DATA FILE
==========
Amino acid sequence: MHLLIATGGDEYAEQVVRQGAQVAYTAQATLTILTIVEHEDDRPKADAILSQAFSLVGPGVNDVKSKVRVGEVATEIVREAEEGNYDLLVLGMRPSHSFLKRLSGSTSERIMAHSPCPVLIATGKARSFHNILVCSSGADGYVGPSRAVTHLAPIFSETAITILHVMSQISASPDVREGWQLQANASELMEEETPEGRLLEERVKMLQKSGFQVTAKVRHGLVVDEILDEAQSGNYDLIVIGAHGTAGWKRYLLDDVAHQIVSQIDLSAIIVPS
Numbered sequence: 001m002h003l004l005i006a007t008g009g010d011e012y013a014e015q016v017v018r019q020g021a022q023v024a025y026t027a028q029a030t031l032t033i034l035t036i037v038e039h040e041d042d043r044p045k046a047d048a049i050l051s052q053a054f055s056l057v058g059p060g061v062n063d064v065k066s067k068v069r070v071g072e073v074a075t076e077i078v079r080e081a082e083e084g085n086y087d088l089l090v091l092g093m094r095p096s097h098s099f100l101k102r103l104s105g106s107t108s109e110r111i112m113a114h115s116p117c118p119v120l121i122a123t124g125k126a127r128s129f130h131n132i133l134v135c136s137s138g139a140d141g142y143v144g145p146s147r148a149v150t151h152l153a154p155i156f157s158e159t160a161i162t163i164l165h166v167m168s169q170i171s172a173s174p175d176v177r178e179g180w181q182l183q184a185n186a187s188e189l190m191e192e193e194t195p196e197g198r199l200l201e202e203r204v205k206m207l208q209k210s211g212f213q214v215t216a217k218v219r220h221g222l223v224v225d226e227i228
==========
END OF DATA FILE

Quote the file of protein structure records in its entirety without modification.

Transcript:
Amino acid sequence: MHLLIATGGDEYAEQVVRQGAQVAYTAQATLTILTIVEHEDDRPKADAILSQAFSLVGPGVNDVKSKVRVGEVATEIVREAEEGNYDLLVLGMRPSHSFLKRLSGSTSERIMAHSPCPVLIATGKARSFHNILVCSSGADGYVGPSRAVTHLAPIFSETAITILHVMSQISASPDVREGWQLQANASELMEEETPEGRLLEERVKMLQKSGFQVTAKVRHGLVVDEILDEAQSGNYDLIVIGAHGTAGWKRYLLDDVAHQIVSQIDLSAIIVPS
Numbered sequence: 001m002h003l004l005i006a007t008g009g010d011e012y013a014e015q016v017v018r019q020g021a022q023v024a025y026t027a028q029a030t031l032t033i034l035t036i037v038e039h040e041d042d043r044p045k046a047d048a049i050l051s052q053a054f055s056l057v058g059p060g061v062n063d064v065k066s067k068v069r070v071g072e073v074a075t076e077i078v079r080e081a082e083e084g085n086y087d088l089l090v091l092g093m094r095p096s097h098s099f100l101k102r103l104s105g106s107t108s109e110r111i112m113a114h115s116p117c118p119v120l121i122a123t124g125k126a127r128s129f130h131n132i133l134v135c136s137s138g139a140d141g142y143v144g145p146s147r148a149v150t151h152l153a154p155i156f157s158e159t160a161i162t163i164l165h166v167m168s169q170i171s172a173s174p175d176v177r178e179g180w181q182l183q184a185n186a187s188e189l190m191e192e193e194t195p196e197g198r199l200l201e202e203r204v205k206m207l208q209k210s211g212f213q214v215t216a217k218v219r220h221g222l223v224v225d226e227i228